I think Goldman's actions have often been unfairly portrayed during the soul-searching that has followed the recent crisis. Goldman doesn't seem to me to have been uniquely evil. The SEC's case against Goldman in connection with the Abacus transaction, for instance, which led to a $550 million settlement, always seemed tenuous as a legal matter. But it also seems clear that Goldman is no modern day J.P. Morgan, acting out of sense of noblesse oblige during a crisis.

If my reasoning is accurate, it suggests that the Volcker Rule will have a very limited practical shelf life. In my view, that wouldn't necessarily be a bad outcome, given that banks' proprietary trading doesn't seem to have been a major component of the recent crisis. But it's also possible that the Volcker Rule will serve primarily as a club that the government will use when the government wants something out of the big banks. The Volcker Rule is one of many provisions in Dodd-Frank that could further politicize the regulation of the largest banks.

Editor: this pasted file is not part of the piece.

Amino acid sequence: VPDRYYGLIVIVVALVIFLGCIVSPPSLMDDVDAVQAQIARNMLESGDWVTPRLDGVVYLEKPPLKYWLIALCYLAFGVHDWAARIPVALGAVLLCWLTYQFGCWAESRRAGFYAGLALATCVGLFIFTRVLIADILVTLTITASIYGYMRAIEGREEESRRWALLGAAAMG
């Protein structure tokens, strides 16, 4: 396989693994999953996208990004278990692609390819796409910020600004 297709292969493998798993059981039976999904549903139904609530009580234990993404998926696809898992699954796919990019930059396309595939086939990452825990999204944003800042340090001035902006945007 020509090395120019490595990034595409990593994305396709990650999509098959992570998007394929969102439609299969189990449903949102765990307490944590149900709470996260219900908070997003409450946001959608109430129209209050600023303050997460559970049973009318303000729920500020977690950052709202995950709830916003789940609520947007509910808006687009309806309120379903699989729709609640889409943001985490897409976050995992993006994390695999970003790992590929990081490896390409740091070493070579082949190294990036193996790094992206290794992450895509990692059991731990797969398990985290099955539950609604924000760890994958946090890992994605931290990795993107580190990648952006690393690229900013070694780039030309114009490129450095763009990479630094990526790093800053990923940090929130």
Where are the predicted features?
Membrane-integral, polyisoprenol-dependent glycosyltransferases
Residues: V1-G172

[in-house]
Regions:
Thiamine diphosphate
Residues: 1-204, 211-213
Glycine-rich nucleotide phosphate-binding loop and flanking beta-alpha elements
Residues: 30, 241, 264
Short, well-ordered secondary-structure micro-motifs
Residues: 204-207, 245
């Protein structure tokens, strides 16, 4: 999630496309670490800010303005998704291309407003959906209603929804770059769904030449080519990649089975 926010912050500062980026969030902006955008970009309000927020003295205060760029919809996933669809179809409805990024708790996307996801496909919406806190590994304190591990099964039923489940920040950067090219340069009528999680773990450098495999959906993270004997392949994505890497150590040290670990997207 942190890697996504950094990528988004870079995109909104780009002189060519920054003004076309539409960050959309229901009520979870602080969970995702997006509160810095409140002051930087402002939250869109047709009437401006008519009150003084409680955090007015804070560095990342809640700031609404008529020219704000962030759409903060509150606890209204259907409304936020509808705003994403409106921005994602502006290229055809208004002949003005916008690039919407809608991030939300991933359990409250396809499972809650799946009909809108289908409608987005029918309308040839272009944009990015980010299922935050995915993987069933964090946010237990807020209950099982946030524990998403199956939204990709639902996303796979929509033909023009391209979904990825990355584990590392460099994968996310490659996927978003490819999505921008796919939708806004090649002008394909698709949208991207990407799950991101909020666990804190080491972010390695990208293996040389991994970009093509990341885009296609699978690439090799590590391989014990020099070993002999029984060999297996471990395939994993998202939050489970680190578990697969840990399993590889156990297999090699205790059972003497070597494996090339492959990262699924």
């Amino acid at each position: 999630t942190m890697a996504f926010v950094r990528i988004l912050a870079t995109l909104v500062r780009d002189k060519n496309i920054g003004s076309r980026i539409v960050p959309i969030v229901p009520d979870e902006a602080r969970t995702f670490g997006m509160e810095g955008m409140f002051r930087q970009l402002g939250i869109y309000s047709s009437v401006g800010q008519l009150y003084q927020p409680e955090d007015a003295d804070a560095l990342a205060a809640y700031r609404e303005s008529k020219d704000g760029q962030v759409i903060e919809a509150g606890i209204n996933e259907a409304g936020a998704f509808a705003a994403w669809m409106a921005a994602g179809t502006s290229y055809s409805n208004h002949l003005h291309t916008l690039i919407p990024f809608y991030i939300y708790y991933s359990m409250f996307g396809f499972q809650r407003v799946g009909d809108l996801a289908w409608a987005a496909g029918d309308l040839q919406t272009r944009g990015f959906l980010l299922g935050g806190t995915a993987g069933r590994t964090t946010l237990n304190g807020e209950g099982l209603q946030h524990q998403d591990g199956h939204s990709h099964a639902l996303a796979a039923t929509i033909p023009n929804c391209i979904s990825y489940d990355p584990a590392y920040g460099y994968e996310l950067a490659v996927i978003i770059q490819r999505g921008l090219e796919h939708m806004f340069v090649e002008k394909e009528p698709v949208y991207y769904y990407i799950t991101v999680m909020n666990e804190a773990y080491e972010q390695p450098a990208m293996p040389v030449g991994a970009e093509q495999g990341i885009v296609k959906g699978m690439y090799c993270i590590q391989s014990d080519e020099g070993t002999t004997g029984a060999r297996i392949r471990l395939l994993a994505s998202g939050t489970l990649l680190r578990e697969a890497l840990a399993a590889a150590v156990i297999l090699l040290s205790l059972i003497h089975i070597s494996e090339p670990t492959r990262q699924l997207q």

I hope none of these predictions comes to pass. It is possible that regulators will aggressively enforce the Volcker Rule; or, better yet, that they will take advantage of other provisions in Dodd-Frank that at least theoretically could force the largest banks to downsize over time. But when I see Goldman Sachs bidding adieu to some of its most profitable traders, I can't help thinking that there's more to the story than Goldman hastening to do the right thing by complying with the new financial regulation.

David Skeel is a law professor at the University of Pennsylvania and author of the new book "The New Financial Deal: Understanding the Dodd-Frank Act and its (Unintended) Consequences" (Wiley, 2011).

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This commentary comes from an independent investor or market observer as part of TheStreet guest contributor program. The views expressed are those of the author and do not necessarily represent the views of TheStreet or its management.